Dramatic Rim Lighting
I recently stumbled upon a particular piece of art, Norse Challenge – ArtQuest along with the full works of Ruan West, and I was immediately enthralled by his use of dramatic lighting for fairly simple stylized characters. Obviously if you look closer, there is a fair amount of detail in his pieces, but the lighting is doing some heavy lifting in bringing out those overemphasized shapes and vibrant colors. After a bit of digging through the comments, he explains that he creates, polypaints, and renders his pieces in ZBrush (with passes in Photoshop). Since this inherently forces some simplicity in lighting (ZBrush doesn’t have the most dynamic lighting system), this is a perfect learning opportunity for me to try to emulate.
Lighting has never been my strong suit – I’m fairly familiar with lighting setups from real-life photography, but often that involves managing far fewer artificial lights with limited settings and a high reliance on natural light. My attempts at basic three-point lighting kept leaving parts of the model in shadow, and I’ve generally not had the best luck with HDRIs for anything but soft fill as they provide static lighting often with strange tints.
Looking through his pieces, I’d guess that he has two or three rimlights: one behind the LHS shoulder, one above and slightly in front of the RHS part of the chest, and a very harsh but low-spread one directly behind the character for those sharp highlights. There’s obviously some soft fill from the front as well, as the character is well-lit overall, but nothing is overexposed. Most lights also appears to have some subtle orange or blue coloring rather than flat white. It’s particularly useful seeing some of his unlit WIPs and just how different they appear from the final renders: lighting really does make a huge difference.
I set out to experiment on one of my older pieces which I had JUST decided was finished, but alas, she needs some more dramatic lighting..! I’m working in Marmoset, not ZBrush, but hopefully the fundamentals are the same.
Over the semester, I’ve been attempting to find a moment here or there to update my Semester A 3D printing project, Laudna from Critical Role. Although I’m very proud of what I managed to accomplish in a short time period and having never touched many of the character art processes before, my original model left a lot to be desired. She was a fairly new and un-established character when I first started on my sculpt, but I’ve now had months listening to her interactions and she’s become particularly near and dear to my heart – I want to do her justice!
I didn’t document all of my changes too carefully, since they were fairly similar to the workflow I used in the first run but simply more refined. I did, however, keep myself a wishlist of changes that I managed to check off in its entirety:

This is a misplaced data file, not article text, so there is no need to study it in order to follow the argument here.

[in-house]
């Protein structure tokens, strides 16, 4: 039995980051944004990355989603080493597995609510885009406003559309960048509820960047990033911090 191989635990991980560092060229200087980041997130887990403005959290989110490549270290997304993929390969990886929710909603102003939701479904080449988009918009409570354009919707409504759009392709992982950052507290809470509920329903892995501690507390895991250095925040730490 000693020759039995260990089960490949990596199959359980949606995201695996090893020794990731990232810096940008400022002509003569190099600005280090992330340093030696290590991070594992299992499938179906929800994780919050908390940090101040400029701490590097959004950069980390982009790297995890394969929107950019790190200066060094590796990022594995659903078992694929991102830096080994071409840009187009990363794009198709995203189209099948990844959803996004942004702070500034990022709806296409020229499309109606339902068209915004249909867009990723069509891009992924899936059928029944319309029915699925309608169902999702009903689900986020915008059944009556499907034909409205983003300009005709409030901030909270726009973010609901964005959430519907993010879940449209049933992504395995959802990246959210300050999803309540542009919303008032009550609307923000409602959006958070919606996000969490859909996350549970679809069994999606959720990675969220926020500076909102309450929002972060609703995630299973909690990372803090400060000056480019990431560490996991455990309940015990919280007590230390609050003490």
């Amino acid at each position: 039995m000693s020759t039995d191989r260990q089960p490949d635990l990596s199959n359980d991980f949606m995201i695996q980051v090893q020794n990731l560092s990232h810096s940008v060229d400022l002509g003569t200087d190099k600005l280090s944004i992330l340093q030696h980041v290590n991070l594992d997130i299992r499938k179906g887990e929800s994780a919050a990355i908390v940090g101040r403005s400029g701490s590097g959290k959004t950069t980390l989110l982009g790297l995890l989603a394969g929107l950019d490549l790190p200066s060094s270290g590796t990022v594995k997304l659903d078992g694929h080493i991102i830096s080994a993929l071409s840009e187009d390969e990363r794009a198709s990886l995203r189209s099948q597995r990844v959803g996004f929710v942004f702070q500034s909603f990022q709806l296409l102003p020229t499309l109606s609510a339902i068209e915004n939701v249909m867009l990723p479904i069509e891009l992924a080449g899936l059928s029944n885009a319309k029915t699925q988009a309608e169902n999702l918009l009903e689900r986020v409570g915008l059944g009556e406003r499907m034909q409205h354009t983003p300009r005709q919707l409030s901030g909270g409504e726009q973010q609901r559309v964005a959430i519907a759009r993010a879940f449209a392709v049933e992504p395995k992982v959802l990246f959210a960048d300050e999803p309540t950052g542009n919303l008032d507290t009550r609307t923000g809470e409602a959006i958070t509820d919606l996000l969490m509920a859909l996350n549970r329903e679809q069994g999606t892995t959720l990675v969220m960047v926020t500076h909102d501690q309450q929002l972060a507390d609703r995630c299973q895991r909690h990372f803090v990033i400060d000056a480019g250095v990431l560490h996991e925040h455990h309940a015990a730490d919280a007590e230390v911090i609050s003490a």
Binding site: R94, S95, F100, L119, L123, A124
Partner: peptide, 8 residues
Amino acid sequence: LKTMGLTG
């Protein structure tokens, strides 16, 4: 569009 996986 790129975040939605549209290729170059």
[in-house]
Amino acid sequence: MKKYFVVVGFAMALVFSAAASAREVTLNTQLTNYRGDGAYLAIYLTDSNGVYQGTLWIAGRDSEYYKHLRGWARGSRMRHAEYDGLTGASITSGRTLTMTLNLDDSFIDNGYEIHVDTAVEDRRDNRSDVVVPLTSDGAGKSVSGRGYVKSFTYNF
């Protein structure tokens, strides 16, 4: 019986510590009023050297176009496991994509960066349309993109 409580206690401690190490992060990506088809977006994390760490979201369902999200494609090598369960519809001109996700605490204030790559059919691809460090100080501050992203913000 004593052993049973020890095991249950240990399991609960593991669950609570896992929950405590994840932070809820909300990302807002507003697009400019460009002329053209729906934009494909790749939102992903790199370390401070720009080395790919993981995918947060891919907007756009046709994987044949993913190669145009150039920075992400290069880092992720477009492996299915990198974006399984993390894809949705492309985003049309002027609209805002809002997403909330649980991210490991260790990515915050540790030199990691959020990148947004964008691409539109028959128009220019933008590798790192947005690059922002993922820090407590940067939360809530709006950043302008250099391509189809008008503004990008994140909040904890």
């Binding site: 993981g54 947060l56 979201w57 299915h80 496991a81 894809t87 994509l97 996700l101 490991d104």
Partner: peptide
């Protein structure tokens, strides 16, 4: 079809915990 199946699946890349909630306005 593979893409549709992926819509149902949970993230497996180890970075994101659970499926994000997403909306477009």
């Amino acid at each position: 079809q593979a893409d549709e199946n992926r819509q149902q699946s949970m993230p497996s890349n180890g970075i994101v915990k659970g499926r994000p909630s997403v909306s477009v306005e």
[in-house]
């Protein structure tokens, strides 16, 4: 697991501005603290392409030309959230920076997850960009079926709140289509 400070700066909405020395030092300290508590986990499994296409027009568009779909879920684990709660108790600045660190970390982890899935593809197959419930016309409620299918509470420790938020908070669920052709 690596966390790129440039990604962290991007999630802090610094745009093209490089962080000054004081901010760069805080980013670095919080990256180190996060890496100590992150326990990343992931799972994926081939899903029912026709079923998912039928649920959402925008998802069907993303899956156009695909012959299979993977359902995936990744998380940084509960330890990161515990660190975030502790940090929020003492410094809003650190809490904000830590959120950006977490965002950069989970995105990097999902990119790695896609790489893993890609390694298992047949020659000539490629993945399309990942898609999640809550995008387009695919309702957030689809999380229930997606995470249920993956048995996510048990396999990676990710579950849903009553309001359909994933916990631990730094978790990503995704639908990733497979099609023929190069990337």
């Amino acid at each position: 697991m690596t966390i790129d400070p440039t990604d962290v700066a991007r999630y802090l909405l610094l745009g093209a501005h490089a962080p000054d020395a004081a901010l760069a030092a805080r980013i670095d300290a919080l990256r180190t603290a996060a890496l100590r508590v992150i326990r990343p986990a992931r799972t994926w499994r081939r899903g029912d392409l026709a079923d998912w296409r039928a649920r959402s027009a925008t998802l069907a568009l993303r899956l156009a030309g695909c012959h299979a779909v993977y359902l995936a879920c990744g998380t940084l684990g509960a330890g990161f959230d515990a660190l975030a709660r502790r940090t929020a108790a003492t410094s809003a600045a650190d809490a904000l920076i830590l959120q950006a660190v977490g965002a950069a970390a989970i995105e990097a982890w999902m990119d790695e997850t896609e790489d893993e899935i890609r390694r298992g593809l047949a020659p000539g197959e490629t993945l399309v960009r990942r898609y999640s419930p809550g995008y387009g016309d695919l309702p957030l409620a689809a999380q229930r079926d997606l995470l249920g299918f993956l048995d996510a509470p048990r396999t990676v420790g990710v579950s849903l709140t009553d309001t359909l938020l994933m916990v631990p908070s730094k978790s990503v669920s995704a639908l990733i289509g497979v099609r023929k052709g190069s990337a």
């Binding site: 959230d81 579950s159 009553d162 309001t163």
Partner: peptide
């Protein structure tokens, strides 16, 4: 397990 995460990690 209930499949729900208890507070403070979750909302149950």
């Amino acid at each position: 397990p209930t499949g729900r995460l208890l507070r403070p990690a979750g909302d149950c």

One of the main elements I wanted to update was the general presentation of the model, including a really dramatic lighting setup for her. She has so much detail that was being lost and ‘flattened’ by poor lighting, such that even as I heavily updated her textures with dark recesses and overemphasized highlights, she looked monochrome. I wasn’t too confident in Marmoset and relied upon a combination of a few tutorial lighting setups for my initial look. Seeing Ruan West’s work above inspired me to redo her lighting setup from scratch and really lean into the rimlights and subtler lights to bring out specific portions of the model.
Some of the lights appear to not be making much difference in the preview window, but I must have done a few hundred renders comparing subtle changes before I settled on this arrangement. In essence, she has very low lighting from the HDRI, several ambient lights in orange and pale blue for more even studio lighting, three rimlights of varying intensity and spread, and three soft fill lights on her lower face, rat, and shoes.
I think the result really pops! I’ve accidentally stumbled upon a technique I used to use in graphic design all the time: pairing a one-or-two-pixel dark line right next to a white one to sharpen and emphasize edges (of text, UI boxes, and the like). The harsh rimlight along with a thinner overall black outline helps to achieve that hand-drawn, slightly cartoony look that I’ve been trying to match from the concept art.
A few people on the Reddit thread where I shared this piece tried to argue they didn’t believe it was 3D as opposed to a digital painting until I showed off the turnaround video, which I’m taking as a badge of honor 🙂
Oh, and I ran into a Substance Painter glitch was just a little too appropriate when I was updating Laudna’s textures..
(everything worked just fine on a restart! And I’ve since discovered the ‘bake by name’ feature in SP so the exploded model wasn’t necessary in the end)
West, R., 2022. Norse Challenge – ArtQuest. [image] Available at: https://www.artstation.com/artwork/nENxVe [Accessed 5 April 2022].